Canberra has one of the highest car usage rates in Australia, and one of the lowest for use of public transport. The new light rail acts as the central spine connecting the city to the fast-growing northern suburbs of Canberra. It is part of an integrated transport network, with buses working alongside light rail to get Canberrans and visitors where they want to go.
SMEC delivered the design for pavements, road and drainage, as well as geotechnical studies and earthworks on the Flemington Road section of the alignment. A unique project of this scale, however, was not without its challenges.
Flexibility and technical expertise key to a city-first
As this was Canberra’s first light rail system, there were no standard details or local precedents in place for design. Through close discussions with our client, we established standard details for signage, maintenance bays, for warning signs for cyclists that cross the light rail, for how to treat and line mark intersections between the road and light rail, how to manage pedestrians at intersections and stops, what the stops need to achieve, what controls need to be in place for pedestrians.
Engineers like to work within known parameters, however on this project many teams were facing several unknowns during the design phase, which required flexibility, foresight and innovation. SMEC were at the forefront of these challenges, inspecting and adjusting all the works to ensure they fit with the changing landscape as construction progressed.
Flemington Road flooding
Flooding of Flemington Road near Randwick Road was a known problem that we needed to resolve to maintain the light rail system’s operability in storm events with an Annual Exceedance Probability (AEP) greater than 10. Prior to this, Flemington Road had to be closed to road traffic during significant storm events. Water would flood from the adjacent drainage corridor through a natural low point between two knolls into the road network and fill up like a swimming pool. SMEC designed a levee adjacent to the road to protect and provide flood immunity to both road and rail corridors and keep the flood waters in the adjacent block. This solution reused surplus materials from the light rail construction site and as a result reduced waste generation to landfill.
It’s not only a new transport system that has Canberra excited. It’s also the opportunities for urban renewal that a project like Canberra Light Rail opens up.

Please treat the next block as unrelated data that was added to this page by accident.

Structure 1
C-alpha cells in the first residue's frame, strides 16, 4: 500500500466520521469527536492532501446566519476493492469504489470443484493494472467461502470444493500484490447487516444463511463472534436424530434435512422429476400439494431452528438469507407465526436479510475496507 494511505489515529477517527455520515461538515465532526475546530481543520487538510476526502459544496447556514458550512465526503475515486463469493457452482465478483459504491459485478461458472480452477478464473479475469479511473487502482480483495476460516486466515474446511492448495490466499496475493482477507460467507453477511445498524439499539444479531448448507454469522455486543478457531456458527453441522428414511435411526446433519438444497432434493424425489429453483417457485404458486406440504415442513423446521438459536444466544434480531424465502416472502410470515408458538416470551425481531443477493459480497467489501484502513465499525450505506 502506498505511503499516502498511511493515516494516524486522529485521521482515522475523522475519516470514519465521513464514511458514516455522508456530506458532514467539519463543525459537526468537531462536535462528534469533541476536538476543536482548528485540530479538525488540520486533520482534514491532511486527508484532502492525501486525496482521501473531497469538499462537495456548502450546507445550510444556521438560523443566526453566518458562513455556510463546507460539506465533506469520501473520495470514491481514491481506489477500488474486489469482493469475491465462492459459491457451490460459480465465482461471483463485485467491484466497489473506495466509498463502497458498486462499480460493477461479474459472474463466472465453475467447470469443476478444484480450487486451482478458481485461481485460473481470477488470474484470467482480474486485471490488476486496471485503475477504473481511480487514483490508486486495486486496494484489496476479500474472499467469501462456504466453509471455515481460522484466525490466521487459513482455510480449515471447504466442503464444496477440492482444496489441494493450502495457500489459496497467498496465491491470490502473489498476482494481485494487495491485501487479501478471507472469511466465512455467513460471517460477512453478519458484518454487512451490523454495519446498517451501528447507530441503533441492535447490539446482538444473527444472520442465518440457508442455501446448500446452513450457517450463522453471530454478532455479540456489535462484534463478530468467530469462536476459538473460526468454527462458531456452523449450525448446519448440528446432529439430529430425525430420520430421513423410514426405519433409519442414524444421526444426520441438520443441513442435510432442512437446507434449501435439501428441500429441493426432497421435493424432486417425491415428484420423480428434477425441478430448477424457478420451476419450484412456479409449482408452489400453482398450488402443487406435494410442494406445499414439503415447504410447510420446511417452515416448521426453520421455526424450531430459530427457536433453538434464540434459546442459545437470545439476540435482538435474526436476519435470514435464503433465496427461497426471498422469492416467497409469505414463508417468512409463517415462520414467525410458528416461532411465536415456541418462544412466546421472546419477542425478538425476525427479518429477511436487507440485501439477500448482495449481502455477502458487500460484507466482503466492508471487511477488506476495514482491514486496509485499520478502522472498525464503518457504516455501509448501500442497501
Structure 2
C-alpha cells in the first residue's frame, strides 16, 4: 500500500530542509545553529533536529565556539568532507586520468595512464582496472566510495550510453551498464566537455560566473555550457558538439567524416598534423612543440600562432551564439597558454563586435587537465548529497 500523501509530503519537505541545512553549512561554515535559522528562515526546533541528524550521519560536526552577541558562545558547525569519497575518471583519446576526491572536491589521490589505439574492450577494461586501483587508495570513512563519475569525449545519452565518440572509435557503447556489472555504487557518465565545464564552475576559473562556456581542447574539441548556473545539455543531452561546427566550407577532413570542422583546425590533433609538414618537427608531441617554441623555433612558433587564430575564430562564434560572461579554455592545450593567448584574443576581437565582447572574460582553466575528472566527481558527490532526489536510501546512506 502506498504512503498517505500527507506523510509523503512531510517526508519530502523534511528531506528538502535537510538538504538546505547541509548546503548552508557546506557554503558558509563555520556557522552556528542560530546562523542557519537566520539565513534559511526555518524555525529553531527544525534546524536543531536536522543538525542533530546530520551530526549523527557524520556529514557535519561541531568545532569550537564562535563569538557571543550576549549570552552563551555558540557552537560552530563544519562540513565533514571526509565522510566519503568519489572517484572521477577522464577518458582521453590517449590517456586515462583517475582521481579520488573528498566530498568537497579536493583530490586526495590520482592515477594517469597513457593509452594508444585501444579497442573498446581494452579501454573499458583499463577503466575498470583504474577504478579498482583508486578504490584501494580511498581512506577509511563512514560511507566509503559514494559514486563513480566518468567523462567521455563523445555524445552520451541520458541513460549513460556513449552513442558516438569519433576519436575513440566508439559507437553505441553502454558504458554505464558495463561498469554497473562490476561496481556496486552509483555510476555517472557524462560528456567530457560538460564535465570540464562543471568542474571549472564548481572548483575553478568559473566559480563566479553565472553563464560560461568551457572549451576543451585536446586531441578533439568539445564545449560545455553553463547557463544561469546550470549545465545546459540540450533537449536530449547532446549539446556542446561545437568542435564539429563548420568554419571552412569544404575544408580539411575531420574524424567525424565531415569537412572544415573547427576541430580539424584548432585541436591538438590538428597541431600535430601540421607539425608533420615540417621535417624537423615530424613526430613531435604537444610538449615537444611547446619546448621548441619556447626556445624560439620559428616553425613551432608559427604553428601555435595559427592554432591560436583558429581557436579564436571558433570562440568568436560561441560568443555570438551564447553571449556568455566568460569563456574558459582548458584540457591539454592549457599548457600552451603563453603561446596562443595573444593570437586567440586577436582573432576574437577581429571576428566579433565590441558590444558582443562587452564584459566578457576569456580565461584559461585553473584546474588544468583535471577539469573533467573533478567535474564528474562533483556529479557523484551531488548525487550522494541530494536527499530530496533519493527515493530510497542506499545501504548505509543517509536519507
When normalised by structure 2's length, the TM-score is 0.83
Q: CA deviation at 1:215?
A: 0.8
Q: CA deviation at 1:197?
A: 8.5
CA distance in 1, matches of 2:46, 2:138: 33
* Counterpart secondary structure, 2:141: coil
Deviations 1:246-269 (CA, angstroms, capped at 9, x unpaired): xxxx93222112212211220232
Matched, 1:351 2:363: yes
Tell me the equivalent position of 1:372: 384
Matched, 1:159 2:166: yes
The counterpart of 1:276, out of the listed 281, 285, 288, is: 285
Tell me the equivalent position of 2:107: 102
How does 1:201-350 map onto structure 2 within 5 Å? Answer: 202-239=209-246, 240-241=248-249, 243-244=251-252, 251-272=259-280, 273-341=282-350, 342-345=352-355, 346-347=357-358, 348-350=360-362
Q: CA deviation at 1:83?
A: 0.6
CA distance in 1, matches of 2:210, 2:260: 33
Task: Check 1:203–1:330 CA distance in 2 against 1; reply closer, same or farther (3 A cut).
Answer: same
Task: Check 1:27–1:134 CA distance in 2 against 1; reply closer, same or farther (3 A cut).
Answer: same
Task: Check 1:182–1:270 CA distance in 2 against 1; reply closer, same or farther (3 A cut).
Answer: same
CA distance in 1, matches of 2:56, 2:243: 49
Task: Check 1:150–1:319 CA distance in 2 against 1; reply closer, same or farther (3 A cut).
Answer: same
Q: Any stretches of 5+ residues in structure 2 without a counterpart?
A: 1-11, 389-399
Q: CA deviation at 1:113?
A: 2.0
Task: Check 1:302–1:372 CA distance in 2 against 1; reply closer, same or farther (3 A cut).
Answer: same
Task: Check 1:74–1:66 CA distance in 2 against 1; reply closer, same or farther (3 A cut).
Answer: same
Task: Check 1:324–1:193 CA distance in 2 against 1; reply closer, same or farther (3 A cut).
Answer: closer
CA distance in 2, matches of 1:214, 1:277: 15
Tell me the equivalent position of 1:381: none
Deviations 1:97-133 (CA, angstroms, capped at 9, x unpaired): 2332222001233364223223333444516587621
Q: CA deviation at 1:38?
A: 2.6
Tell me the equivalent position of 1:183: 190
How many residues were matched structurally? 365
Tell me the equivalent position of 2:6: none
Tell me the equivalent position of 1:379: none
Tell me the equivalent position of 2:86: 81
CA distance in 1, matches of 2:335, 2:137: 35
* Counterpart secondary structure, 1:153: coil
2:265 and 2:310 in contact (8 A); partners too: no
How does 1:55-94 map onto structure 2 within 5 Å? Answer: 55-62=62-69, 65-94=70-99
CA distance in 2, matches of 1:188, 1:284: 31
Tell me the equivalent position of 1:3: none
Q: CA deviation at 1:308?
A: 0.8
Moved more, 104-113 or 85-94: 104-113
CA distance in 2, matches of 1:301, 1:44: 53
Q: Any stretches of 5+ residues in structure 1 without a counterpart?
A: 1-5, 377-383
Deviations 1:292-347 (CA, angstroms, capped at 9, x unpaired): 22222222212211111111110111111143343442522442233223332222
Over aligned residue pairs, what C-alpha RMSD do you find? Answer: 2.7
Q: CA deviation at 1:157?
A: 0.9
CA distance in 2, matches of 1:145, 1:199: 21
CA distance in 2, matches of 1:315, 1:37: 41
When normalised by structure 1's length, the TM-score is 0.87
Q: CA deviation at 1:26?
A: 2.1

The light rail will increase the “economic energy” of Canberra, encouraging new housing and businesses, including hotels and restaurants, along the route. This is crucial for a city that traditionally has a heavy economic reliance on military and government sectors. Canberra’s liveability is also boosted by a more accessible and inclusive transport system that links residential development with areas of employment, retail and entertainment.
Built to last
In addition to the environmental benefits of users switching from private car to public transport use, the project also prioritised sustainable design and delivery.
During construction, we were involved in a Climate Change Risk Assessment to identify potential impacts on the environment while also identifying appropriate risk mitigation to avoid serious impacts on the project. We also ensured that waste in construction was minimised through using precast, modular components and pre-fabrication materials. These are just a few examples of the many measures that led to the project being awarded the Infrastructure Sustainability Council of Australia’s (ISCA) ‘Excellent’ Infrastructure Sustainability Design Rating.
An exciting track ahead
While there was complexity throughout the planning and build, SMEC collaborated with its partners to deliver the project successfully for the people of Canberra.
With our delivery partners, the team also designed the depot with provision for future light rail expansion. It integrates seamlessly with existing infrastructure, including bus interchanges in Gungahlin and Dickson, as well as the urban developments that exist either side of the rail alignment.
While Canberra’s light rail has only just commenced operation, it’s already changed the landscape of public transport and urban renewal in the city.
Our design comprises an integrated rail and road bridge with double decker stations, which will carry both highway and mass rapid transport commuters on the same pier.
SMEC took the role of Design Lead on the project which involved building a four-kilometre elevated skytrain and a 270-metre curved, cable-stayed rail bridge over Windsor Road at Rouse Hill.
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